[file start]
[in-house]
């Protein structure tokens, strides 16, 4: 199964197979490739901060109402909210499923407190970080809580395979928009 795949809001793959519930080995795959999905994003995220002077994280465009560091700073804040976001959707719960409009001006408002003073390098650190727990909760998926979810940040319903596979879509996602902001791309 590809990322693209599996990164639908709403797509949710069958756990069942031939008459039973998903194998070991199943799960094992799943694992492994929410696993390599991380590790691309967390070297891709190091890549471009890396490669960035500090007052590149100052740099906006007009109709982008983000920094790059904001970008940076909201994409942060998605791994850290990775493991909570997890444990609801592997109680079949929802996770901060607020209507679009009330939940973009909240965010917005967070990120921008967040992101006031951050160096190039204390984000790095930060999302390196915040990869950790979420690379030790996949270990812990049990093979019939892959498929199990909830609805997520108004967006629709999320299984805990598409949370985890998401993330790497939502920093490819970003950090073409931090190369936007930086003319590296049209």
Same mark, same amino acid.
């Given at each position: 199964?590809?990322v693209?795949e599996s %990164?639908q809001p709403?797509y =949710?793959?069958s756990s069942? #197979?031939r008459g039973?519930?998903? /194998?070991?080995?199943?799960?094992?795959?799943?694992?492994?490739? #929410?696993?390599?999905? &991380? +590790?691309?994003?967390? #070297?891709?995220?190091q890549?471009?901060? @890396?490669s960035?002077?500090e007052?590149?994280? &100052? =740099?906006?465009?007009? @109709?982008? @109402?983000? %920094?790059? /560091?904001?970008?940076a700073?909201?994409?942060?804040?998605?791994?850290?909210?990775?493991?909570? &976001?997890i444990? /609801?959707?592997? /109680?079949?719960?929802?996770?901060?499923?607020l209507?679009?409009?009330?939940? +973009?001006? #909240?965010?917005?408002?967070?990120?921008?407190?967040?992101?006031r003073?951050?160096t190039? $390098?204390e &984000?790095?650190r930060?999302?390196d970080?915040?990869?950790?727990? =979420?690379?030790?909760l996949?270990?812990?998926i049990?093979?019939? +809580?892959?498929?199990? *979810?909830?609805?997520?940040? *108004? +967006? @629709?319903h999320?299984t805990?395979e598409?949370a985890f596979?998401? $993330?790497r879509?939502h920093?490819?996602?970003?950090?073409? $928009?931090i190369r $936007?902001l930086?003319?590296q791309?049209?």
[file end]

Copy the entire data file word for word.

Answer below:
[in-house]
């Protein structure tokens, strides 16, 4: 199964197979490739901060109402909210499923407190970080809580395979928009 795949809001793959519930080995795959999905994003995220002077994280465009560091700073804040976001959707719960409009001006408002003073390098650190727990909760998926979810940040319903596979879509996602902001791309 590809990322693209599996990164639908709403797509949710069958756990069942031939008459039973998903194998070991199943799960094992799943694992492994929410696993390599991380590790691309967390070297891709190091890549471009890396490669960035500090007052590149100052740099906006007009109709982008983000920094790059904001970008940076909201994409942060998605791994850290990775493991909570997890444990609801592997109680079949929802996770901060607020209507679009009330939940973009909240965010917005967070990120921008967040992101006031951050160096190039204390984000790095930060999302390196915040990869950790979420690379030790996949270990812990049990093979019939892959498929199990909830609805997520108004967006629709999320299984805990598409949370985890998401993330790497939502920093490819970003950090073409931090190369936007930086003319590296049209």
Same mark, same amino acid.
């Given at each position: 199964?590809?990322v693209?795949e599996s %990164?639908q809001p709403?797509y =949710?793959?069958s756990s069942? #197979?031939r008459g039973?519930?998903? /194998?070991?080995?199943?799960?094992?795959?799943?694992?492994?490739? #929410?696993?390599?999905? &991380? +590790?691309?994003?967390? #070297?891709?995220?190091q890549?471009?901060? @890396?490669s960035?002077?500090e007052?590149?994280? &100052? =740099?906006?465009?007009? @109709?982008? @109402?983000? %920094?790059? /560091?904001?970008?940076a700073?909201?994409?942060?804040?998605?791994?850290?909210?990775?493991?909570? &976001?997890i444990? /609801?959707?592997? /109680?079949?719960?929802?996770?901060?499923?607020l209507?679009?409009?009330?939940? +973009?001006? #909240?965010?917005?408002?967070?990120?921008?407190?967040?992101?006031r003073?951050?160096t190039? $390098?204390e &984000?790095?650190r930060?999302?390196d970080?915040?990869?950790?727990? =979420?690379?030790?909760l996949?270990?812990?998926i049990?093979?019939? +809580?892959?498929?199990? *979810?909830?609805?997520?940040? *108004? +967006? @629709?319903h999320?299984t805990?395979e598409?949370a985890f596979?998401? $993330?790497r879509?939502h920093?490819?996602?970003?950090?073409? $928009?931090i190369r $936007?902001l930086?003319?590296q791309?049209?």